The Homestake experiment was designed to detect solar neutrinos. In order to shield it from the background, it was set up in a deep underground mine. It was found that the only one third of expected neutrinos were detected, leading to the solar neutrino problem. What I wonder is why neutrinos created in the upper atmosphere by cosmic rays were not detected?

up vote 5 down vote accepted

The experiment detected more than just solar neutrinos, it also detected those produced by interactions with muons from cosmic rays, radioactive decays in the rocks surrounding the mine, internal radioactive contaminants in their tetracholorethylene fluid, and atmospheric argon decay production, but like any good experiment they controlled and subtracted all of these backgrounds.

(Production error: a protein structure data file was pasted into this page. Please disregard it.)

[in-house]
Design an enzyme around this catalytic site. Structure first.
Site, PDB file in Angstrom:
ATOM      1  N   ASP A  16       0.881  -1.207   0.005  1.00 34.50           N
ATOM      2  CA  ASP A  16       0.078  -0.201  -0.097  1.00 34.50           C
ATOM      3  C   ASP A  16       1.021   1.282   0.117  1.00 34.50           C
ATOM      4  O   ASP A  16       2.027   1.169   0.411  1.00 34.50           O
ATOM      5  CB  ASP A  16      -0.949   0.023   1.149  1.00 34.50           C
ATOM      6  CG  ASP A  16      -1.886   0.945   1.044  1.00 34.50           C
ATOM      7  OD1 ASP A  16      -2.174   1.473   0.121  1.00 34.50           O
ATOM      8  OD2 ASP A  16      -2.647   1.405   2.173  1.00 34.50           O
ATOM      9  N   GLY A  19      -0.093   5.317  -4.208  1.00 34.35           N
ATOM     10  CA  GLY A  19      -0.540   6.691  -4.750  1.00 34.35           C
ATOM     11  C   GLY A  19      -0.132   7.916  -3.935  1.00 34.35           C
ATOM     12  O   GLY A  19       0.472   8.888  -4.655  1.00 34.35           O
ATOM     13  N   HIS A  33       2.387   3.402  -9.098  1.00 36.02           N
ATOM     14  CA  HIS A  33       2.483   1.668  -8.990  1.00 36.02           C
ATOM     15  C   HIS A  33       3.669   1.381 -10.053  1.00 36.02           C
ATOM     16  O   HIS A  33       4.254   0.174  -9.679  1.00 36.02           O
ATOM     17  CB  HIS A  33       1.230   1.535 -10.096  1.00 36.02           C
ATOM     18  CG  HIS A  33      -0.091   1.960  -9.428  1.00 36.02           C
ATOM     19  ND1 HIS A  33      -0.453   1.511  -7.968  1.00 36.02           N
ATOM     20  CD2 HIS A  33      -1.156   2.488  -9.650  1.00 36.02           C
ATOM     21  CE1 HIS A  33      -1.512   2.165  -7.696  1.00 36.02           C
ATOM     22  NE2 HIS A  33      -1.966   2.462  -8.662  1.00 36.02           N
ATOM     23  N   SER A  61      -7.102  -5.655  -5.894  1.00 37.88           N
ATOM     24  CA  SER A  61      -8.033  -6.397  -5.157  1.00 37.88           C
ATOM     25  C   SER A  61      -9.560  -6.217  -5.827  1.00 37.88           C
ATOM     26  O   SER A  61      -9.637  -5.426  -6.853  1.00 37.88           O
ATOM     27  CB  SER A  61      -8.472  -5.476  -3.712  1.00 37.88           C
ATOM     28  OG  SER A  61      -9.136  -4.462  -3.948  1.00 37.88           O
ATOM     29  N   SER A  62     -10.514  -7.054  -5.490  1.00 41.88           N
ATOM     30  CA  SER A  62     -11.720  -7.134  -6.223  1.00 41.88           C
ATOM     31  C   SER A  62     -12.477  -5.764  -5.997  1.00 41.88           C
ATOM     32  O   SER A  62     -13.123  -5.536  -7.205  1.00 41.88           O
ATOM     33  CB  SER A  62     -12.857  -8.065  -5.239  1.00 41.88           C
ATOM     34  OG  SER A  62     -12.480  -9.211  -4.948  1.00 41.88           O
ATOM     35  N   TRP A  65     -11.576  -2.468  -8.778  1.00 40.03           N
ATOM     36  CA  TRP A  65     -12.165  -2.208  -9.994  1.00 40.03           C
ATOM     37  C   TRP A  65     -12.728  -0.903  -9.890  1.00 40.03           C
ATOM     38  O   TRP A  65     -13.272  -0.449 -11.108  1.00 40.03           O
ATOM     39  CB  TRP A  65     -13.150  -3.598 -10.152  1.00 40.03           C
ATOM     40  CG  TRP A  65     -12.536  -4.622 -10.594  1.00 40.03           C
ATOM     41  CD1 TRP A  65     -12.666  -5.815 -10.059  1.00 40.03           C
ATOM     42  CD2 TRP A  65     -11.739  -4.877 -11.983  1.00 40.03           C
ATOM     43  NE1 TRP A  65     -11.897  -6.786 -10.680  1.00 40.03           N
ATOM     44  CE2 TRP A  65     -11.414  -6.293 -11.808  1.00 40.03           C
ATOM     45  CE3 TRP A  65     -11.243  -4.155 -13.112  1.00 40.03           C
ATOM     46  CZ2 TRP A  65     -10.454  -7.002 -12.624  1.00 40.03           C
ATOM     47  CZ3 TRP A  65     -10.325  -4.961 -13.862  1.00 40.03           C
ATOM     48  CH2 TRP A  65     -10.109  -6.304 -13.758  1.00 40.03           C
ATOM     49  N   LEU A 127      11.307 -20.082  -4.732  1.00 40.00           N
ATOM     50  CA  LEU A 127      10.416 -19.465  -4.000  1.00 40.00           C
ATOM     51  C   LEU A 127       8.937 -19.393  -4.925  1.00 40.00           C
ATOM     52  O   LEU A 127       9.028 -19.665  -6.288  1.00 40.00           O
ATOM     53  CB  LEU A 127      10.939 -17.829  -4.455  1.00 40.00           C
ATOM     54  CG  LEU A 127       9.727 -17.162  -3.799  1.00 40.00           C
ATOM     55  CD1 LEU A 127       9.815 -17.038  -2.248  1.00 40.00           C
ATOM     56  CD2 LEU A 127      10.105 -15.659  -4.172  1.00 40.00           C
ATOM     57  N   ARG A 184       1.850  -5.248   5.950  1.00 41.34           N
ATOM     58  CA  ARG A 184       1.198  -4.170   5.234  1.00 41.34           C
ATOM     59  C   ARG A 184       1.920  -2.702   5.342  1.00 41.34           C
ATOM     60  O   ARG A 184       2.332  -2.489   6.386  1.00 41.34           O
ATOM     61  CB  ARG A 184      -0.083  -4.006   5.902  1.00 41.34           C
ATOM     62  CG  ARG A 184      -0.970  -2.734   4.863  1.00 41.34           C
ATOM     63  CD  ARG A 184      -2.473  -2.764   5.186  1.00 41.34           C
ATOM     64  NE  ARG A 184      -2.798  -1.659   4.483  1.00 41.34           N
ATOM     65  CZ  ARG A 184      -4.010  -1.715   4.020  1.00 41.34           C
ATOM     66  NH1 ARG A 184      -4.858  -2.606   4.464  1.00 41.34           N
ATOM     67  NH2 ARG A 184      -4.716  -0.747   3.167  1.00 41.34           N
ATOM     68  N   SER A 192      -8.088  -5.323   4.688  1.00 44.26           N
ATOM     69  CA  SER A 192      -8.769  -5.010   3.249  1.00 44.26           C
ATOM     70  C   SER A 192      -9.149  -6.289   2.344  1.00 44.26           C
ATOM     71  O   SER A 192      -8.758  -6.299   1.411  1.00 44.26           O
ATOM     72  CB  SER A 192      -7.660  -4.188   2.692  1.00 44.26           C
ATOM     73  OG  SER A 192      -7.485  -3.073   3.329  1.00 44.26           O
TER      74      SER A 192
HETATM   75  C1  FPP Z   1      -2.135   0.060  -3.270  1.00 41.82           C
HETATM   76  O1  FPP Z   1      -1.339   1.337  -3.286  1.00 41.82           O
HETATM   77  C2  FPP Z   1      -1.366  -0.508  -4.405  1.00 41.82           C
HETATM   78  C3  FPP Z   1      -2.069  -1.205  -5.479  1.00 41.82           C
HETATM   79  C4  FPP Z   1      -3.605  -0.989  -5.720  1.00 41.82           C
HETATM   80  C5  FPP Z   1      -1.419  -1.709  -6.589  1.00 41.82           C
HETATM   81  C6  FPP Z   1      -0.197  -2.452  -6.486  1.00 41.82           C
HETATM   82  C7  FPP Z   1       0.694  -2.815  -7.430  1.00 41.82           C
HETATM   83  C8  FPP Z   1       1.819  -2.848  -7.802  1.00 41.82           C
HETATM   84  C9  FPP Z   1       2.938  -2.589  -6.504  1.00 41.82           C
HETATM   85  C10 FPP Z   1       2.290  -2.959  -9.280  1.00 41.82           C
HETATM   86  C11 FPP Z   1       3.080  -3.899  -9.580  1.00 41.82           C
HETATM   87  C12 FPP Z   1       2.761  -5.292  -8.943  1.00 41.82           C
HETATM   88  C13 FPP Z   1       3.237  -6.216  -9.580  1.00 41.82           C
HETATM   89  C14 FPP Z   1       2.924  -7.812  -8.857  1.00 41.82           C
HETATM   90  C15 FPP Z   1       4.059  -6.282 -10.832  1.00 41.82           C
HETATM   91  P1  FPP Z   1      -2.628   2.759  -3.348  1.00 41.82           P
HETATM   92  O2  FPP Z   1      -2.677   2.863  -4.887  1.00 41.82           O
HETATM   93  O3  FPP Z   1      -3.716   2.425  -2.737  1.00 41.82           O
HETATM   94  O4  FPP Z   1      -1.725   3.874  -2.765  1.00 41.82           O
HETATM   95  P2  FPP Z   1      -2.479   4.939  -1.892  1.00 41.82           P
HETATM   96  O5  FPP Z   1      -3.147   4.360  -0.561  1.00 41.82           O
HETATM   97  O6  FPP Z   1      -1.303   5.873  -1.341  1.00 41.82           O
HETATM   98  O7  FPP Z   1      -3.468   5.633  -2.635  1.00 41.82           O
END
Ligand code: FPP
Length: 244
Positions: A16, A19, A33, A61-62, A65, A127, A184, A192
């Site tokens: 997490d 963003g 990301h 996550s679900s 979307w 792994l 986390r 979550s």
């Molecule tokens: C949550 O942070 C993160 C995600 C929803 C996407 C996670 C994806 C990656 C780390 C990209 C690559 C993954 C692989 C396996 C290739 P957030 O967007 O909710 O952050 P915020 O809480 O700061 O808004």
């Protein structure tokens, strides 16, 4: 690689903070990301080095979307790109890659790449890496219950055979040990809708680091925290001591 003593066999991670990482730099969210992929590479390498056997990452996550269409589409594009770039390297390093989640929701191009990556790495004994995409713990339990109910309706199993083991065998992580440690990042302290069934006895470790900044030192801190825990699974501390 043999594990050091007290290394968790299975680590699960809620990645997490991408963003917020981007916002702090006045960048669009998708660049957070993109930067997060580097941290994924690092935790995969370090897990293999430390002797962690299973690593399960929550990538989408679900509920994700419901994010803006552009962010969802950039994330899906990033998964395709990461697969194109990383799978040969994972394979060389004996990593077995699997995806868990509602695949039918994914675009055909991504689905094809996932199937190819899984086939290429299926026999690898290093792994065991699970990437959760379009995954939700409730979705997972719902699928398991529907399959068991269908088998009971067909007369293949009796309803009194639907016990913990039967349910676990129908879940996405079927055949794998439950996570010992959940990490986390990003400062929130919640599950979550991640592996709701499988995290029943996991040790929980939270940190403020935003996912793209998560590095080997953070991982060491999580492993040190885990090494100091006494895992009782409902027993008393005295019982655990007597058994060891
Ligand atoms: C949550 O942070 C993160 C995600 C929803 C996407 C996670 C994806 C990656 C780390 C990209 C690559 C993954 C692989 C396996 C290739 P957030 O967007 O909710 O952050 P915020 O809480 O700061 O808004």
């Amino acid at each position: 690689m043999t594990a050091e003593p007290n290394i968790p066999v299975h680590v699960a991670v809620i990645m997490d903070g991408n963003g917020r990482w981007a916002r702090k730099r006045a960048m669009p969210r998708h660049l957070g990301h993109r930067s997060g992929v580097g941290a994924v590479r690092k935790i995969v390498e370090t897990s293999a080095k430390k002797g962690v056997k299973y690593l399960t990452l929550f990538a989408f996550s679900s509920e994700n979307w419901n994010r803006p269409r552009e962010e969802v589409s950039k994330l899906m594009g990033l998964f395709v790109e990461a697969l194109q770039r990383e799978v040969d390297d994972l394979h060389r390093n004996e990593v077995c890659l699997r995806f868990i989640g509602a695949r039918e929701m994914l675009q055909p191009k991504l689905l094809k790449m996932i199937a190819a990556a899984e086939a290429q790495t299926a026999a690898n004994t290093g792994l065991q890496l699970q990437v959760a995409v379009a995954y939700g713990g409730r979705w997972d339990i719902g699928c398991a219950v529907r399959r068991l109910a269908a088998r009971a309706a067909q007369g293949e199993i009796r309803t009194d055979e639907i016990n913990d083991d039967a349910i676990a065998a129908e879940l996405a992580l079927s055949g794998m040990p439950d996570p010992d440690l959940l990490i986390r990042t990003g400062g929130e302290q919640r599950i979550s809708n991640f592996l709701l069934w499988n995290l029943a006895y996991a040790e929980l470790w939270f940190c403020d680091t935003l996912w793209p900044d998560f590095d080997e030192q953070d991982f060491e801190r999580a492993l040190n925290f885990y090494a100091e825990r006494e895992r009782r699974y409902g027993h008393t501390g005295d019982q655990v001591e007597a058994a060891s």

The full paper is actually available for free here and in Section 6 of the paper (Nonsolar production of ${}^{37}$Ar) there is a full discussion of all of their background subtraction methods and calibration measurements. In particular, section 6.1 (Cosmic Rays) discusses how they subtracted the cosmic ray background from direct depth intensity measurements.

Your Answer

By clicking "Post Your Answer", you acknowledge that you have read our updated terms of service, privacy policy and cookie policy, and that your continued use of the website is subject to these policies.

Not the answer you're looking for? Browse other questions tagged or ask your own question.